British Cycling will face the committee before Christmas and could be forced to reveal the contents of a package delivered to Team Sky at the 2011 Critérium du Dauphiné

British Cycling chiefs could be forced to reveal exactly what was in the medical package delivered to Team Sky doctor Richard Freeman at the 2011 Critérium du Dauphiné when they are questioned by a parliamentary committee.

The Culture, Media and Sport select committee are currently conducting an inquiring into doping in sport, and they have summoned the governing body to a hearing, which will take place before Christmas.

Is is thought that those called to the hearing to represent British Cycling will be requested to explain the full facts in relation to Sir Bradley Wiggins‘s use of the corticosteroid triamcinolone, of which he took before the 2011 and 2012 Tour de France and 2013 Giro d’Italia, via the means of a therapeutic use exemption (TUE).

David Millar has already called for triamcinolone to be banned.

>>> Miguel Indurain defends Bradley Wiggins over TUE controversy

That could entail them being asked to identify what was in the medical package that was delivered by Simon Cope to Freeman at the end of the Dauphiné, which Wiggins won.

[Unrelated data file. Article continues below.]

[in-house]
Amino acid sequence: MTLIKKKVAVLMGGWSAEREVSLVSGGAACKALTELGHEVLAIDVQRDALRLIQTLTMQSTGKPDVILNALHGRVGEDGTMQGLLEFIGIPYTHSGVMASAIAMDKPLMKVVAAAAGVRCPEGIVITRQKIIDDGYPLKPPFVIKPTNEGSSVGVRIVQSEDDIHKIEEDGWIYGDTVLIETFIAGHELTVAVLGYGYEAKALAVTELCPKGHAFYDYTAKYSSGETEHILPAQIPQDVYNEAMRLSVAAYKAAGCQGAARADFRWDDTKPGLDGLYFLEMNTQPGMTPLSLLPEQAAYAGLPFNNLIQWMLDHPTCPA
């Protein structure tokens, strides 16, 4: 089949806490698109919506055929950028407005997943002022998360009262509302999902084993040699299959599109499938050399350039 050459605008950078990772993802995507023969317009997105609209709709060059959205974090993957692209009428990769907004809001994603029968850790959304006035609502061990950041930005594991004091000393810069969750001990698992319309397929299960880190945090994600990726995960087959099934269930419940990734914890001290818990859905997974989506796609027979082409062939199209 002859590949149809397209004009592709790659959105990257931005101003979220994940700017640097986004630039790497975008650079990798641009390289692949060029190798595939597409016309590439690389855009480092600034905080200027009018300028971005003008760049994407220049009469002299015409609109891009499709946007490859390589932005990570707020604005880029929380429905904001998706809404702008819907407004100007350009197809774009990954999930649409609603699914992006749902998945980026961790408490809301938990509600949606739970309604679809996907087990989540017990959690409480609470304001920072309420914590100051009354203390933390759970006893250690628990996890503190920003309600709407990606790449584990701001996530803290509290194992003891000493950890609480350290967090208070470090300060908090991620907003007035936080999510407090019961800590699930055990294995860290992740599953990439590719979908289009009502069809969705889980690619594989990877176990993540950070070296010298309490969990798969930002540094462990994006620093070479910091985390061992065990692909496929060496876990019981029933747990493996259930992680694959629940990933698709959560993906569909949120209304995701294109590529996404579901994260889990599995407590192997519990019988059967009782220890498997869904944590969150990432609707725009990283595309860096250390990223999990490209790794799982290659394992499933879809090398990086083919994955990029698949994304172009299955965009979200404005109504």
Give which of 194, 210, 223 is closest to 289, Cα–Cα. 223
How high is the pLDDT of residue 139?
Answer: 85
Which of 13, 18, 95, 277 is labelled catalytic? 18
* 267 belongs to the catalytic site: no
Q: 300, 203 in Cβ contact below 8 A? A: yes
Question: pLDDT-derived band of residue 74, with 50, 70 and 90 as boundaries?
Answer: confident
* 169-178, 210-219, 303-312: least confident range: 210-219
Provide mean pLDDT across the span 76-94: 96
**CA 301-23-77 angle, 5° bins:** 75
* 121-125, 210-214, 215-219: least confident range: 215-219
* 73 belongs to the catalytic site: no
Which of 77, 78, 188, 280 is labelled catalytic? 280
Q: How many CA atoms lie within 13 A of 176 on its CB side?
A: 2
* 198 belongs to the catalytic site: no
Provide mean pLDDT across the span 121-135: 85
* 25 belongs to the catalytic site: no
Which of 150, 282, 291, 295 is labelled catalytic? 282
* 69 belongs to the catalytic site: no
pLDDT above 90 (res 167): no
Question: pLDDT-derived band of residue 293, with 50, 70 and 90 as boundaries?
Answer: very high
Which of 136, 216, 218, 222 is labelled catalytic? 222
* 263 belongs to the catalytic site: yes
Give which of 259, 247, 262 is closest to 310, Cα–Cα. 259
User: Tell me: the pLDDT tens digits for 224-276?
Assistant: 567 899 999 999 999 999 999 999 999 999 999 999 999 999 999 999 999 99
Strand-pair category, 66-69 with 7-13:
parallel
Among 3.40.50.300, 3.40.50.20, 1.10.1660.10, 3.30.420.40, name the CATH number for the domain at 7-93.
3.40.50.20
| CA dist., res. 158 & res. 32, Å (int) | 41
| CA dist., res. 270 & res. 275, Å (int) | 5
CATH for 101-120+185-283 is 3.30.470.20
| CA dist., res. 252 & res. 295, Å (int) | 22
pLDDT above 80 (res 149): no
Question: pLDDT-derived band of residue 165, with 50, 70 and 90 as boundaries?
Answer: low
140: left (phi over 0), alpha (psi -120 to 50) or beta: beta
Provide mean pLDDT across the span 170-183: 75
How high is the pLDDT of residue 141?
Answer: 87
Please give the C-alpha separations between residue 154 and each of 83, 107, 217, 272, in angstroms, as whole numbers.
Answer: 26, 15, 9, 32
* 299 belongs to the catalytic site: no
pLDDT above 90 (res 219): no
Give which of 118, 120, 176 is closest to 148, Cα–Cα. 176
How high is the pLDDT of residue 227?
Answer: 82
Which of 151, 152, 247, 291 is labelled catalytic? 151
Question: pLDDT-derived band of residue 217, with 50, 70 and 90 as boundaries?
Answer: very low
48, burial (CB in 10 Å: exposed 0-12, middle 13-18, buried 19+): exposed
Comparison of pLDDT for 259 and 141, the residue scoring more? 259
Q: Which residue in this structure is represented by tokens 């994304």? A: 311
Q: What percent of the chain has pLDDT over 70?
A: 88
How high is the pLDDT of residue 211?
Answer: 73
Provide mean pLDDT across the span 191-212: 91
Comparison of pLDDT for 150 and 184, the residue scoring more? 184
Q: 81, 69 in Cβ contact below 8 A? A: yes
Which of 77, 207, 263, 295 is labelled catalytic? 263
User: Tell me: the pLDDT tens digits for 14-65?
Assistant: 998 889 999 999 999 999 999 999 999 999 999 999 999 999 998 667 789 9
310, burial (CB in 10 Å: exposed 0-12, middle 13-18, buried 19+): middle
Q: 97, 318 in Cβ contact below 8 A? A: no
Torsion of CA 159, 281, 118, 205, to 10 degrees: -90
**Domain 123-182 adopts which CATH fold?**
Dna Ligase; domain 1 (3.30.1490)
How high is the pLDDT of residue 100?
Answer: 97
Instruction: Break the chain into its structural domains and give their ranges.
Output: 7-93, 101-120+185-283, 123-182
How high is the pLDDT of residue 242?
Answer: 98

So far, Team Sky have refused to answer what was in the package, and Cope has denied knowledge of its contents, too.

British Cycling and Sky would have to be truthful about the package as if they are found to have misled the committee they will be in contempt of parliament.

Team Sky and Freeman deny any wrongdoing while Wiggins has said that the TUEs he obtained were to put him back “on a level playing field” as they were to treat his pollen allergy.

>>> Brian Cookson: ‘Team Sky may have pushed TUE rules to the limit’

The committee will also be seeking answers to the close links between the governing body and Team Sky.

This latest development comes as Ukad continue their investigation into British Cycling and the package request by Freeman.

“As part of the inquiry into doping, the select committee wants to look at the ethics of the use of TUEs and the way this is policed by British Cycling,” Damian Collins, the committee’s chairman told The Times.

“We can ask British Cycling about any incidents in the past where we believe it is important how the governing body oversees their sport.

“Our interest is in how the processes are managed and accounted for by the relevant authorities.”

British Cycling said that they “welcome any opportunity to support anti-doping efforts”.

Cycling Weekly have requested clarification and further details to the parliamentary committee and are awaiting their response.